As you can see on the left, Steve Jobs was present with us at Doctors 2.0 & You 2011, in a larger-than-life image, with an amazing caption : "Apple announces the iPad, changes the course of history." Click to enlarge the photo even more!
The iPad taught us that the killer app for physicians is in fact a killer device: doctors, hospitals, med schools have snapped them up as never before--hopefully ending some of the persistent skepticism around professionals and computers. But, Steve Jobs' legacy will not be limited to technology. It will be about the man, the man with a will to do things on a big scale, perfectly, a will to change not only IT but music as well and maybe other fields had he lived on. I, like many if not most of you, knew very little about the personal experiences in his early years that helped shape him into the person he would become and certainly little to nothing about his medical choices during the final chapter of his life.
Steve Jobs' authorized biography will be launched on October 24th, 2011, in the US. The book is above all Steve Job's legacy to his family, his desire to tell them his innermost thoughts in a structured way. But there is every reason to believe that the biography will be a runaway best-seller for perhaps millions around the world who will be interested in knowing more about this visionary -- which is why I want to focus here on the medical side as did the New York Times in an article entitled "Jobs tried exotic treatments to combat cancer, book says."
We learn through this article two things of major importance. Steve Jobs first learned of his pancreatic cancer in October, 2003 and refused to accept surgery and medical therapy for around nine months,
preferring "fruit juices, acupuncture, herbal remedies and other treatments — some of which he found on the Internet — and that infuriated and distressed his family, friends and physicians".
"When he did take the path of surgery and science, Mr. Jobs did so with passion and curiosity, sparing no expense, pushing the frontiers of new treatments (DNA sequencing to determine personalized treatments). According to Mr. Isaacson, once Mr. Jobs decided on the surgery and medical science, he became an expert — studying, guiding and deciding on each treatment."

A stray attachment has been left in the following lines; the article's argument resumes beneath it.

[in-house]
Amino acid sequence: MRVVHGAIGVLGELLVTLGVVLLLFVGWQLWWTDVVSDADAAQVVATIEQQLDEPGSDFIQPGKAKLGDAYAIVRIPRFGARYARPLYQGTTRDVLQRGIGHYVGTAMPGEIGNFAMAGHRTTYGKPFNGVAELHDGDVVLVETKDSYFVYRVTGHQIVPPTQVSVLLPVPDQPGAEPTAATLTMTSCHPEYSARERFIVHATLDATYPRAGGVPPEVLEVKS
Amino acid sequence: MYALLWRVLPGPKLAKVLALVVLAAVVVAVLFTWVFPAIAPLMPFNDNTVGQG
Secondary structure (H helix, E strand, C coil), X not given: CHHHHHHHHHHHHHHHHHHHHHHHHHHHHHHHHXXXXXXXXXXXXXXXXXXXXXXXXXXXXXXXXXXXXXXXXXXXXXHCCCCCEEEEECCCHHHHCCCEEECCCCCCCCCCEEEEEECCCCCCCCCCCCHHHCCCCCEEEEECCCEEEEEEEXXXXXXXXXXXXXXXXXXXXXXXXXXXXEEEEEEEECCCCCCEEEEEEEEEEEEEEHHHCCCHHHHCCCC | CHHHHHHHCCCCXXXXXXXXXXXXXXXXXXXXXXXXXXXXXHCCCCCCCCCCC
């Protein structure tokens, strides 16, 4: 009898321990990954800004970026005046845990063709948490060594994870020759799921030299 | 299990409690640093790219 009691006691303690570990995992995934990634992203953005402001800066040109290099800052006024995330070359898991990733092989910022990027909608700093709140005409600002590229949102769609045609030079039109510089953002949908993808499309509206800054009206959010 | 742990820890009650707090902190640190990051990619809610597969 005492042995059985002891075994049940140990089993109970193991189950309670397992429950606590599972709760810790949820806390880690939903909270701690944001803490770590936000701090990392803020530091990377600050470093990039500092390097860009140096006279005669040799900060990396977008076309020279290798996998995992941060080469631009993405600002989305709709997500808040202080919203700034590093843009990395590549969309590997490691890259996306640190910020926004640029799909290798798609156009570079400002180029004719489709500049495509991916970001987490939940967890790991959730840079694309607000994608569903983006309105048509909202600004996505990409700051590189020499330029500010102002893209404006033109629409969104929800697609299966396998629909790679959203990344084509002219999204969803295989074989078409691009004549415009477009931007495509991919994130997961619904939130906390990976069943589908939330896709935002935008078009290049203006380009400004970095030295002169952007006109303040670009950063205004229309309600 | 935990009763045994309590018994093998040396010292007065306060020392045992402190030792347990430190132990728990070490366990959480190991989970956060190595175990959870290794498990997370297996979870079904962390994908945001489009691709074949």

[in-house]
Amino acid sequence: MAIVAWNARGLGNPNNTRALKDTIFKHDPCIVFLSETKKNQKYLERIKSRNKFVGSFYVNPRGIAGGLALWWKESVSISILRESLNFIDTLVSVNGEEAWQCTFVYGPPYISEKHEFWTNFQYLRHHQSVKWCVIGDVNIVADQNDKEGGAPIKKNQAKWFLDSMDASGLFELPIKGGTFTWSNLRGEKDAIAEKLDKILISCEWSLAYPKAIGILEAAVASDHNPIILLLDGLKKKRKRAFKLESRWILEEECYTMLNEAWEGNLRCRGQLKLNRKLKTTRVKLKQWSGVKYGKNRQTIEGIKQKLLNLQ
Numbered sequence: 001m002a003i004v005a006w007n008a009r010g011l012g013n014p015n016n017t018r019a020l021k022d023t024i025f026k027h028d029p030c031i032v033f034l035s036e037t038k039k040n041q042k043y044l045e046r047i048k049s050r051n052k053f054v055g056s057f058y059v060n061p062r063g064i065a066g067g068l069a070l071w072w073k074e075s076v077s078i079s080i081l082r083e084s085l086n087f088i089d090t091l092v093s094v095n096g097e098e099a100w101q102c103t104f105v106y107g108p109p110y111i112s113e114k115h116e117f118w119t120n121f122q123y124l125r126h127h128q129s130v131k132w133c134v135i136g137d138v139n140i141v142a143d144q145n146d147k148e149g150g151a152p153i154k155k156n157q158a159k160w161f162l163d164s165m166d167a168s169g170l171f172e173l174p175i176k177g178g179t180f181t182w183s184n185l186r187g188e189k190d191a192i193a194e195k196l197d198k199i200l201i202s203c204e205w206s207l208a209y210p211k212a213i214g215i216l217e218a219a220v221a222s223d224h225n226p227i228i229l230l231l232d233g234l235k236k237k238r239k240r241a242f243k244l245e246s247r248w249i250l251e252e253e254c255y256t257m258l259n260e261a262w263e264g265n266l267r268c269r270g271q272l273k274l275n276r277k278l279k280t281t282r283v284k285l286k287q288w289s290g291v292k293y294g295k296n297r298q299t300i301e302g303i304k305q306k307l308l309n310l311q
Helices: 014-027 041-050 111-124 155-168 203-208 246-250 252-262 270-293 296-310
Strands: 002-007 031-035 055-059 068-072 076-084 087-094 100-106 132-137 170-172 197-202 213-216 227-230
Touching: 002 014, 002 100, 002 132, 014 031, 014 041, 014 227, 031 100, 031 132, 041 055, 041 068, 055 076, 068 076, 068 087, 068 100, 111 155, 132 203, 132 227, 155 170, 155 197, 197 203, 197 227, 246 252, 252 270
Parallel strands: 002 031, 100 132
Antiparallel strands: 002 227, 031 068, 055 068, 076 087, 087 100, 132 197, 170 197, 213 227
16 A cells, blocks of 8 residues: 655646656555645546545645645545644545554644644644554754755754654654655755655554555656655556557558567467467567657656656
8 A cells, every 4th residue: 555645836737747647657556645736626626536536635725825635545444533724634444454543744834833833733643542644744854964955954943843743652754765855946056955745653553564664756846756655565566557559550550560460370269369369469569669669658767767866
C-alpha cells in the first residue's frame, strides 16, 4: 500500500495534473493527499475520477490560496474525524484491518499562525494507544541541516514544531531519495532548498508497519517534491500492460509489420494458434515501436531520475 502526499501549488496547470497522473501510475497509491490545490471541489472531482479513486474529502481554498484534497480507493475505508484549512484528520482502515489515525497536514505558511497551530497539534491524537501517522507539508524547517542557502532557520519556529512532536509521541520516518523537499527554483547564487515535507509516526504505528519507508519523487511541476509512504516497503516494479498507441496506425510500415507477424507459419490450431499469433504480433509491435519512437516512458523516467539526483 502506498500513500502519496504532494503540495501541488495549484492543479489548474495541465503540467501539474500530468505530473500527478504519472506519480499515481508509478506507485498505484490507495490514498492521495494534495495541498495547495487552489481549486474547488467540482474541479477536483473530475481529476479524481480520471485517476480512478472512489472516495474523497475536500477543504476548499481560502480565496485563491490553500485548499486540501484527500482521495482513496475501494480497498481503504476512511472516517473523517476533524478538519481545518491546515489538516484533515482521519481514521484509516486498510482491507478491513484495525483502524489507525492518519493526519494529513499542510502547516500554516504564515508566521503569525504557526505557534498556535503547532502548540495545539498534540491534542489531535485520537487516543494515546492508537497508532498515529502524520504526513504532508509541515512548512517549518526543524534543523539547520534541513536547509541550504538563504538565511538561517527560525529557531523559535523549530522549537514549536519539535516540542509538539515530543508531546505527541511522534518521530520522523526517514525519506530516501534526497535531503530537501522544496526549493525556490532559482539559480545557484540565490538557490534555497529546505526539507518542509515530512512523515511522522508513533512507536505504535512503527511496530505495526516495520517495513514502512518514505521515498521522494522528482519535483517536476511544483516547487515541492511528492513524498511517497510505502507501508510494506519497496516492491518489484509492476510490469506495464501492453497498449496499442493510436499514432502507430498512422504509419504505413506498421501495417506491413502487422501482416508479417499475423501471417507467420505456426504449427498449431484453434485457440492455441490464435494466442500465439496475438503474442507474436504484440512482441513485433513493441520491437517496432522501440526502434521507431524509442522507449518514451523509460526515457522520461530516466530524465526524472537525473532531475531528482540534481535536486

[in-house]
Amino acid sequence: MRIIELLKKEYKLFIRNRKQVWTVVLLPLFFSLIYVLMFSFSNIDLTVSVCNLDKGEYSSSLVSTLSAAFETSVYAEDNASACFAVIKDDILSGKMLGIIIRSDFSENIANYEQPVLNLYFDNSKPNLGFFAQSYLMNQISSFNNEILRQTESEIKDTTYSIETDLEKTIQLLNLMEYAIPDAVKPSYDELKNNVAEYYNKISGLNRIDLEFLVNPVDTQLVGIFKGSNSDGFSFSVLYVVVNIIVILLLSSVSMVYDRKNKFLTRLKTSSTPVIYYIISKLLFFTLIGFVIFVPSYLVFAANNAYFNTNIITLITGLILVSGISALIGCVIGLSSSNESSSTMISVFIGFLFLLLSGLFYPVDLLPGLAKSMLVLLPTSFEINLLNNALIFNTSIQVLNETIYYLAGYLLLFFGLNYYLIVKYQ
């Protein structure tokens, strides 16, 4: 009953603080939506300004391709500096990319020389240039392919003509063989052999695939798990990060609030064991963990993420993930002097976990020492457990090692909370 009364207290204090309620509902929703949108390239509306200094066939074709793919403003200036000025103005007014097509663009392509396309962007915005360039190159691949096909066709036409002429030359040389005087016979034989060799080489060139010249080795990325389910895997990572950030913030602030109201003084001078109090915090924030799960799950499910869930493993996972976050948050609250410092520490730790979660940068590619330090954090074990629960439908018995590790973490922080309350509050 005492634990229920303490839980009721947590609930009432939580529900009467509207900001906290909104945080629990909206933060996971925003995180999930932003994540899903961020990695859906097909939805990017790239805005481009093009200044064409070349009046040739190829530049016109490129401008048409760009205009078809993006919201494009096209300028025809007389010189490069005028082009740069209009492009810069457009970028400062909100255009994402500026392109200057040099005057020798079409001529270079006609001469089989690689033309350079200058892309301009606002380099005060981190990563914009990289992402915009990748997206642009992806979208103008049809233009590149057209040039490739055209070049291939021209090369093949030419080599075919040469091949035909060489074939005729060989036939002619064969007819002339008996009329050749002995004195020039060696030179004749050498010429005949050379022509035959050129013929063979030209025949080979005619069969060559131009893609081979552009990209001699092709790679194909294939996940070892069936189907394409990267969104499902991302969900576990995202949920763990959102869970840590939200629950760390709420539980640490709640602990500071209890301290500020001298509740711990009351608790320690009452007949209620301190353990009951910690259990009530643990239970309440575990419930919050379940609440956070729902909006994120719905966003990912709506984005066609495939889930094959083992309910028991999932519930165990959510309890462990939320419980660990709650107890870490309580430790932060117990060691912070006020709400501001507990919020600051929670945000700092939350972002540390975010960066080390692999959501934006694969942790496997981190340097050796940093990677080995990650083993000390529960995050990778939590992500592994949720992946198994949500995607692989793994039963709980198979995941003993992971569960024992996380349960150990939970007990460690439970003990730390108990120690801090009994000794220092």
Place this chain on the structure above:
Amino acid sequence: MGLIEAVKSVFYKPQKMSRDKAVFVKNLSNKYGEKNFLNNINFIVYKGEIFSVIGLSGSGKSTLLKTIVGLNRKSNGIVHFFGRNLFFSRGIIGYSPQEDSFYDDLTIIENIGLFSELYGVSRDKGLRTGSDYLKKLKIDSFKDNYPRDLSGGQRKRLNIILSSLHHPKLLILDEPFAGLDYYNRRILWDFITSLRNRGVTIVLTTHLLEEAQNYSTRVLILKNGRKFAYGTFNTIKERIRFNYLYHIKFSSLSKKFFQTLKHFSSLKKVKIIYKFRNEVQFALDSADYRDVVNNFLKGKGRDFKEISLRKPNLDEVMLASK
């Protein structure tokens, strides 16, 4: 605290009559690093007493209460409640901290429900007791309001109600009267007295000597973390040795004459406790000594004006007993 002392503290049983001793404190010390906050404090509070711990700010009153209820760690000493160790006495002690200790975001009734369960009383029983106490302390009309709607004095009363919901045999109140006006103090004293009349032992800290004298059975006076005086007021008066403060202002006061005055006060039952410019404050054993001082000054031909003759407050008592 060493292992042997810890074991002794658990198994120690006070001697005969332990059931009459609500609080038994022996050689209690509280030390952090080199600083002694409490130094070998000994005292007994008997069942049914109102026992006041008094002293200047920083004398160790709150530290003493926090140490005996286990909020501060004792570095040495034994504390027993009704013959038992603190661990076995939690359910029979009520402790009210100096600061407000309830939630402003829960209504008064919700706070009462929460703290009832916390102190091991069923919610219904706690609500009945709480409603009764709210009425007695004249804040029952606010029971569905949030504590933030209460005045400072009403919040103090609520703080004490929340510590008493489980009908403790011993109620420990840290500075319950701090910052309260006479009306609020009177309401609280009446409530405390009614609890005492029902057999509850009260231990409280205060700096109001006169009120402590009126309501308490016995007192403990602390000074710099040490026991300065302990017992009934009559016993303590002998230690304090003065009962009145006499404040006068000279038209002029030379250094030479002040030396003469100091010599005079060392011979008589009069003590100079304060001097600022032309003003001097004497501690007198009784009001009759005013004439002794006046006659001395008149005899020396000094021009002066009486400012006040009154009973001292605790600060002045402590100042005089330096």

So, some questions :
1° Do we attempt to censor communication about unproven remedies?
Steve Jobs may have lost precious time with ineffective herbal remedies, but this was his choice. His physician, his family, the CEO of Intel all told him the facts, and yet he persisted, most likely with the same stubborn personality traits that led him and Apple to grandeur. Chances are that even without the option of those ineffective remedies, Steve Jobs would not have accepted the surgery sooner, because his issues with the disease led him to reject surgery at that point in time. So, the issue is not the presence of erroneous information. People know that they are taking the unrecommended path. Where we should spend our energy is in better understanding the patient's motivations and decision-making path....
2° What is the individual's freedom to decide about medical strategy?
Is it the ultimate sign of our humanity to be able to make medical decisions for ourselves? Or do we consider that bad decisions impact Society at large?
3° Steve Jobs ultimately spent 100 000 dollars to sequence his genome and favor more effective personalized therapies. What will we do when such opportunities to invest (literally) in one's own survival become common? Will the fabric of Western Society not be torn apart by the haves and have nots?
4° Steve Jobs, after his period of denial, became an ePatient, participating integrally in the determination of the medical strategy that would apply to his very complex case. Do we not need to urgently increase our knowledge and research about ePatients ?